Monday, April 28, 2008

Lost; Ill Omens for the Hobbit; and Gay Science Breakthrough

Gotta Love Des!

In the company of daytime soaps that have run for decades, Lost has one of the most complicated narratives ever written for the small screen. Its title accurately describes any poor sap who tries to tune in without having seen the show before. That's part of what makes this recap so funny. It claims to tell you everything you need to know in order to catch up to the show as of Season 4 Episode 8. I'm amused that it skips the entire "Tailies" storyline but includes every twist of the love triangle.

It obviously can't capture the whole narrative, but it does a surprisingly good job capturing the gist. And the just-bordering-on-satirical narrator, surprising in an official promo, is a refreshing alternative to the overly serious episode-length recap specials the show occasionally runs to help newbies.

The show certainly took some shaky turns in season three, but if it jumped the shark, it jumped back at the end. I've had a ball with it all along, and I've come to enjoy it for its outrageous plot twists. I don't expect an ending that explains everything - I just expect it to keep entertaining me, and running the occasional chills up my spine, which it has reliably done since the first episode. If it all adds up in the end, that's just icing on the cake.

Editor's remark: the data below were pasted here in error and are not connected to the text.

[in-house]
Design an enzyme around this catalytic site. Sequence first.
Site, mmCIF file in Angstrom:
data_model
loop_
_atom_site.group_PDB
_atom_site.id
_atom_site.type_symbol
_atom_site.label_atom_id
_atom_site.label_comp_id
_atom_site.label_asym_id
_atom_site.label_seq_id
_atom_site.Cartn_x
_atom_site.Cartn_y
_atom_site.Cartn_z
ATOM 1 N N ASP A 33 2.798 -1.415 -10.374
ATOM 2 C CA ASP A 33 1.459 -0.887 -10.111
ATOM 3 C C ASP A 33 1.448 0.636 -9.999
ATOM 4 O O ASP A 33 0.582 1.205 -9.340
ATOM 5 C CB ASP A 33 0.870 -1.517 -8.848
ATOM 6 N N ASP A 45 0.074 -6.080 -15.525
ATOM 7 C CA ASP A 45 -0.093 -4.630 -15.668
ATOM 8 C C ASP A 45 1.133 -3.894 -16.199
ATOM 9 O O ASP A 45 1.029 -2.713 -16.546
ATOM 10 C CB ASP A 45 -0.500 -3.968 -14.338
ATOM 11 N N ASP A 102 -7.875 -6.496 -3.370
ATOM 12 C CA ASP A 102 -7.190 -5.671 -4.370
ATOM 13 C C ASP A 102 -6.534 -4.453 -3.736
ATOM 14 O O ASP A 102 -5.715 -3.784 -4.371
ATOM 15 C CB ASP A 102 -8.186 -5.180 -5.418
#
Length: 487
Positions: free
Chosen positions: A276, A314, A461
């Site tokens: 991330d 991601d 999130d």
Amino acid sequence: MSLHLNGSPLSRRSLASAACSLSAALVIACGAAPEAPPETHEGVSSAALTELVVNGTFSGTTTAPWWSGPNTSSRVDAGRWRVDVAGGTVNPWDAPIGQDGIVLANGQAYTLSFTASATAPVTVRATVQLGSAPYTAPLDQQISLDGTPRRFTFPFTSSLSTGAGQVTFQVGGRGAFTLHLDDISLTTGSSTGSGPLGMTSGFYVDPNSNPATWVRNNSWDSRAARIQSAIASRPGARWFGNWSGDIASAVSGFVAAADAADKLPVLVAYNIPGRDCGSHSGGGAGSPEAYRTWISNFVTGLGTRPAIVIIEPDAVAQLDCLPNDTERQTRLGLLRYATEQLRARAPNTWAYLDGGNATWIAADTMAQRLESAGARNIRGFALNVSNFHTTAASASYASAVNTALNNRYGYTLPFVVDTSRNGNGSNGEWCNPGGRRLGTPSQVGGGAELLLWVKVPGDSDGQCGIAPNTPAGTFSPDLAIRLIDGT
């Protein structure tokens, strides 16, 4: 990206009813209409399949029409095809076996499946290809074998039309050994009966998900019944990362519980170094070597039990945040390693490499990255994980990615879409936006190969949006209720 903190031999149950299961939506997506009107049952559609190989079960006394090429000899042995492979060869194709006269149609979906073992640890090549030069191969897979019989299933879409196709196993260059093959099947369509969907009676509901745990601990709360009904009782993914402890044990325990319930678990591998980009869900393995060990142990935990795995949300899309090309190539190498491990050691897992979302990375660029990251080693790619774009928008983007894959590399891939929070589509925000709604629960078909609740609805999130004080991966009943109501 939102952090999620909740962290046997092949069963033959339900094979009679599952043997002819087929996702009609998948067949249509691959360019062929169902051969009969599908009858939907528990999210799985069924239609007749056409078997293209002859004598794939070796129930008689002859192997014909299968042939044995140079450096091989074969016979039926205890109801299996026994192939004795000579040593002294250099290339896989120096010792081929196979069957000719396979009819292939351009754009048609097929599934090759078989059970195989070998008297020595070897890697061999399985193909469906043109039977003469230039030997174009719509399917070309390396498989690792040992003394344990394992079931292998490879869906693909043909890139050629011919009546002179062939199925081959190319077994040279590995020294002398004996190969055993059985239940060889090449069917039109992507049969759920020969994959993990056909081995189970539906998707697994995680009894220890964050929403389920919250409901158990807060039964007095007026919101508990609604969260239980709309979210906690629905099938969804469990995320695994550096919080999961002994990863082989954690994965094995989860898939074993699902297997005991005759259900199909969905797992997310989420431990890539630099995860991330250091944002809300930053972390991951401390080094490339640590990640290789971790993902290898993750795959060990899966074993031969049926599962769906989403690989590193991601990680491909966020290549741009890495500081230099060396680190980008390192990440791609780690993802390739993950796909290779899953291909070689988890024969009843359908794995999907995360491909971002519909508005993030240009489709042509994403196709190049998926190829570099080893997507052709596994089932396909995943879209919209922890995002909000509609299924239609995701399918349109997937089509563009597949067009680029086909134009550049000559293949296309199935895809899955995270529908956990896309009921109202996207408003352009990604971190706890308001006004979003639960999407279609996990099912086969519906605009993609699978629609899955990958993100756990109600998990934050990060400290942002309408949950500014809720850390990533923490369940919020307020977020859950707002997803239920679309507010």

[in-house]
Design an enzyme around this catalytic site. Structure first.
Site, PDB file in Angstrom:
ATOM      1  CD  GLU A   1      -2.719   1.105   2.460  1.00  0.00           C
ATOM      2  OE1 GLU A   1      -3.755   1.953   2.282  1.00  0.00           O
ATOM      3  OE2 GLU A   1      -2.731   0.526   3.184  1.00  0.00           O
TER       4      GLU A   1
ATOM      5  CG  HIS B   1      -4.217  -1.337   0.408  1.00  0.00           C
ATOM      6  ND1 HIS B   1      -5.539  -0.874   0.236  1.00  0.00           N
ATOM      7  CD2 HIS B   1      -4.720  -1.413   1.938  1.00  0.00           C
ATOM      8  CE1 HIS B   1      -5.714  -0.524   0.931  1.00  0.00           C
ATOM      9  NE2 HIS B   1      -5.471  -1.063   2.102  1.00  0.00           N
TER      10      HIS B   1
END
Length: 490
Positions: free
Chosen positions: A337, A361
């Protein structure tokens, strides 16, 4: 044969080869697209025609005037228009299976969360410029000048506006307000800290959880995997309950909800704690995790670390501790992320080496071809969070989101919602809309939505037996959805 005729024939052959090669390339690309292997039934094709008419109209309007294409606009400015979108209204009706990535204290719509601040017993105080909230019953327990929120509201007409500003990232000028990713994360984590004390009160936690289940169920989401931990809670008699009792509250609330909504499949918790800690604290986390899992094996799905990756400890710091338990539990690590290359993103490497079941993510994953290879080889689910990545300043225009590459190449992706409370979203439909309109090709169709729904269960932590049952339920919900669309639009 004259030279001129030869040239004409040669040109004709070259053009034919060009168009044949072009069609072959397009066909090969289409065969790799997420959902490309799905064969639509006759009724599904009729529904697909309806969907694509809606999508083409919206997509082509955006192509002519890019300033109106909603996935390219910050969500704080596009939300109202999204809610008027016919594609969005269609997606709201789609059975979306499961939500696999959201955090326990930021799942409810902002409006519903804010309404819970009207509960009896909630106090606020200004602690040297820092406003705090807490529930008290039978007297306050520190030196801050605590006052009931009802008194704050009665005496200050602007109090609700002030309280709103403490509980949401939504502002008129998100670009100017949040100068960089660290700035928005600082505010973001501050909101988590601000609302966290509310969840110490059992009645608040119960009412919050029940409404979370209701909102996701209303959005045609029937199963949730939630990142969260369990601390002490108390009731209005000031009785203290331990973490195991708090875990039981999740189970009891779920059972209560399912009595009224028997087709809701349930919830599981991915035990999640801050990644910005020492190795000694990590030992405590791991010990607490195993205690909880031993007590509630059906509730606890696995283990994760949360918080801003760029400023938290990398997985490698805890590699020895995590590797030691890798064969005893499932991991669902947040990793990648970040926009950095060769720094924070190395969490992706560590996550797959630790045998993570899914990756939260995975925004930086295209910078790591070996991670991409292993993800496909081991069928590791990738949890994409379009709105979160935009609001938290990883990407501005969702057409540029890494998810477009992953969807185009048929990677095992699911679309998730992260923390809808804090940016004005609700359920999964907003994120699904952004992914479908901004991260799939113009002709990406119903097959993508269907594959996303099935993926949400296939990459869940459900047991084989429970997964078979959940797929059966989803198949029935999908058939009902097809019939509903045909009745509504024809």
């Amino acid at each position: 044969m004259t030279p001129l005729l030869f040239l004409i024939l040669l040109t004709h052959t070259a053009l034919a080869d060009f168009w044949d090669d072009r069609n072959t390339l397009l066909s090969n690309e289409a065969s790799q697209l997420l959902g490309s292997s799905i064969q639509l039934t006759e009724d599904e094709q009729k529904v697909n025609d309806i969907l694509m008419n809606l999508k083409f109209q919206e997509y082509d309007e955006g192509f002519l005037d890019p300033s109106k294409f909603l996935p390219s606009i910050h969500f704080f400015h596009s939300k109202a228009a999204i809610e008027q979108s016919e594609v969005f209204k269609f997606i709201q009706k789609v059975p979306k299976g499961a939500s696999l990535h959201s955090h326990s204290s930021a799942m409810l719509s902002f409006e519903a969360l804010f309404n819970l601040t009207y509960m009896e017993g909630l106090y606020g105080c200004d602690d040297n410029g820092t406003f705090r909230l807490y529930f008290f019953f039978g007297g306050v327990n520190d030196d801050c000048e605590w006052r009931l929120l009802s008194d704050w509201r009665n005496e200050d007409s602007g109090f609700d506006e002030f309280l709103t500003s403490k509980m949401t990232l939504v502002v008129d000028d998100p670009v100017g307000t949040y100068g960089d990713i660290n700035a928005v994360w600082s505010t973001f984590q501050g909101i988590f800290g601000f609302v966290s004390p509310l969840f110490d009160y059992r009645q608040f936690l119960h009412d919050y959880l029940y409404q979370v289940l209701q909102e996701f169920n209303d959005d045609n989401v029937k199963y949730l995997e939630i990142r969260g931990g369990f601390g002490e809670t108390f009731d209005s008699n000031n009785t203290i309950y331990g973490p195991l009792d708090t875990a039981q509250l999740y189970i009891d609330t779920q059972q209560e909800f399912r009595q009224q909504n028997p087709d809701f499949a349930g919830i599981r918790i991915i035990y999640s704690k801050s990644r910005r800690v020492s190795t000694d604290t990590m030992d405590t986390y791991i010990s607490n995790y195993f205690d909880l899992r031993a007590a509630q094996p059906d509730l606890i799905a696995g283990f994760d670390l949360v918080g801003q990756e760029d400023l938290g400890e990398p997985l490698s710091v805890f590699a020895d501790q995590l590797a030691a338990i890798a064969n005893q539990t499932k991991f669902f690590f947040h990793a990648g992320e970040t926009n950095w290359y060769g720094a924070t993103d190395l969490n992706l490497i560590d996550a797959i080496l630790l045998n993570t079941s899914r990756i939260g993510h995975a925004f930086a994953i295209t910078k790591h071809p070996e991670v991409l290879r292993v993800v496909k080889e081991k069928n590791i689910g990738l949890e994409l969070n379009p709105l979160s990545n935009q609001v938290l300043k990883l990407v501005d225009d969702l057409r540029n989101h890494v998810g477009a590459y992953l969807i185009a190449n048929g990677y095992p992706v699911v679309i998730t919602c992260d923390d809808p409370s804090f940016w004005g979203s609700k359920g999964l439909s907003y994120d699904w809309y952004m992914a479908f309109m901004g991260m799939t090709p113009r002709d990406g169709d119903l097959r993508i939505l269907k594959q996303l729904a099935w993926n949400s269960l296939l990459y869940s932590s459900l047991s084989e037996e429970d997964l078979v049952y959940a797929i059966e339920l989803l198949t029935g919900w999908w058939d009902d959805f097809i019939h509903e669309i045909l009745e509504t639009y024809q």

Chicago's own beloved Music Box Theatre has entered the distribution game, which seems like a very smart move to me. Its first release, Tuya's Wedding, recently began an exclusive engagement at their "home base." The next film to be distributed will be French James Bond spoof OSS 177.

A spoilsport at Salon says Guillermo del Toro is a bad fit for The Hobbit and worries that Peter Jackson is going the worrisome way of George Lucas. I had the idea they were breaking the story into 2 parts, but this writer sees it differently. Yeeks:
And where did the brilliant idea to make a "Hobbit" sequel -- a movie that will presumably cover the 60-year gap between the stories told in "The Hobbit" and in "The Lord of the Rings" -- actually come from? If you read all the back-and-forth stories closely, it becomes clear that New Line executive Mark Ordesky at some point told Peter Jackson that the studio had acquired rights to make both "The Hobbit" and a sequel, presumably based on Tolkien's fragmentary back-story information about what happens in his fictional universe between the two novels. A less kind way of saying this is that any "Hobbit" sequel won't really be a Tolkien adaptation; Jackson and Walsh and Boyens and del Toro and Ordesky and, I don't know, some guy in the Warner Bros. lunch room will be making the shit up.
Vote on which opera you'd like to see Chicago Opera Theater do. OK, you have to wait until 2010, but it's still a nifty way to raise funds for a great company.

I just recently finished reading Alex Ross's excellent history of 20C music, in which I learned (among other things) that Copland wrote for Hollywood, and now Terry Teachout writes a column on that very topic: "Memo to every symphony orchestra in America: What are you waiting for?"

The indispensable David Pogue on combatting "vampire power" in your computer usage.


Via my un-hyperlinkable friend Audiophile, the funniest bit of satire I've seen in a long time: "Gay Scientists Isolate Christian Gene."


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